In the 20th century the museums are probably the greatest patrons ofart.Theseareeitherfinanced by the State or are independent. In foreign countries the independent museums and galleries are numerous, many of them are based on private collections where the buyer has been a person not only of the taste but of courage and vision. India is in need not only of patrons of art but also of critics, judges and dealers of taste and discretion. Such judges and critics on whose specialist advice the public depends should have not only a long experience of art but also a forward looking vision, integrity and above all an open mind. They should be able to recognise the true from the spurious in absolutely new and original works since such works are not judged by any conventional criteria but on their own terms. In India a portion of the public either from a misguided patriotism or sentimentality, cling to the “traditional” in art. Tradition is not mere repetition and we are the makers of it; the youngest children of the family are not disowned because they are unique. We speak in the language of today in the idioms of today and cannot continue merely to copy the past. The past dwells within us but we speak for the present and of the present and the seeds of the future arise from here. There are also some thinkers who are of the opinion that art is subject to the laws of demand and supply. This only appears to be so and perhaps is so where the customer is interested in applied art, ceramics, textiles, metal ware, and other categories of specialised artistic production. But high art by its very nature is not for the ‘customer’ who gets a duplicate of what he has seen but for the patron -- because each work is unique and original and is not repeated. It is characteristic that a work of art from a painter or sculptor of talent is often commissioned from the patron ever having seen the work. This is because he is able to trust the artist, to assume that his work will not feel below a certain standard. The same system operates where a publisher commissions a writer of standing to write for him. On the other hand there are many artists whose creative work has been almost completely unrecognised in their lifetime. Van Gogh is a well known example of a master whose life was passionately dedicated to art and whose insanity and tragic death were certainly a blot on society. He did not paint for any demand but from an immense urge to expression. The lonely lives of modern painters are directly related to the change in the status of the artist in society. The artist in modern times is free, free to fend for himself, not only in the material sense but also in a deeper spiritual sense. This new situation has given rise to independence and individualism. The individualism of contemporary art is a modern phenomena, its subject and content are peculiar to our age.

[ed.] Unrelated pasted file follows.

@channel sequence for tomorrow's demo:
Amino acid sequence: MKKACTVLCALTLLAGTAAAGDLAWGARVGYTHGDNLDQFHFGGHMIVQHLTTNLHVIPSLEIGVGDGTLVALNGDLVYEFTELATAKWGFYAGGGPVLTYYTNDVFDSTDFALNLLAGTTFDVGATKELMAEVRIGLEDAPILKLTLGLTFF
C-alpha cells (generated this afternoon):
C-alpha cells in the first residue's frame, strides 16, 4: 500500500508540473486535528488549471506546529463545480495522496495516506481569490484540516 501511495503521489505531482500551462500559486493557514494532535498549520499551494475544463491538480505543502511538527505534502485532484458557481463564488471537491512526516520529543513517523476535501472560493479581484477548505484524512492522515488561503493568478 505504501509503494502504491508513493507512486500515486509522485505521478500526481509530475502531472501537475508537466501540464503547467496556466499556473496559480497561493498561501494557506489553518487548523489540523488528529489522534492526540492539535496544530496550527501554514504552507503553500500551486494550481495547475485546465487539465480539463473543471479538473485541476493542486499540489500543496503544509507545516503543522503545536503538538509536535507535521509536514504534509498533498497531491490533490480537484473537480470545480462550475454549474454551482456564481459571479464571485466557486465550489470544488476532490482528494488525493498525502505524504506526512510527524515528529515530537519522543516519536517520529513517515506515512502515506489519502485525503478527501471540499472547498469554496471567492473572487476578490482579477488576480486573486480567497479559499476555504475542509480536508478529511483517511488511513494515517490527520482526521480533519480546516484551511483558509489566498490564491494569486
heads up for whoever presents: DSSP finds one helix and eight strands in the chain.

Some people are disconcerted by what is new in art. They are of the opinion that there should be exact rules by which they can tell art from what is non-art. They do not accept the fact that even within accepted masterpieces opinions keep changing throughout history. There is a continuous fluctuation in taste which discards old values and rediscovers neglected ones. Indeed the function of modern art is to create the new vision of our times, to teach us to enjoy new kinds of beauty. Just as we keep abreast of scientific inventions which are absorbed into the fabric of living, the enjoyment of new art also requires some effort and experience on the part of the spectator. Anything original and of outstanding quality is not understood immediately by the people at large. One cannot discuss here changes in the media of art -- its new vocabulary and the new realisation of the artist of his own role. Works of art gradually leaven public taste creating a climate where finally the masterpiece is seen as the best in its class. For the artist recognition of his work is, of course, the highest accolade.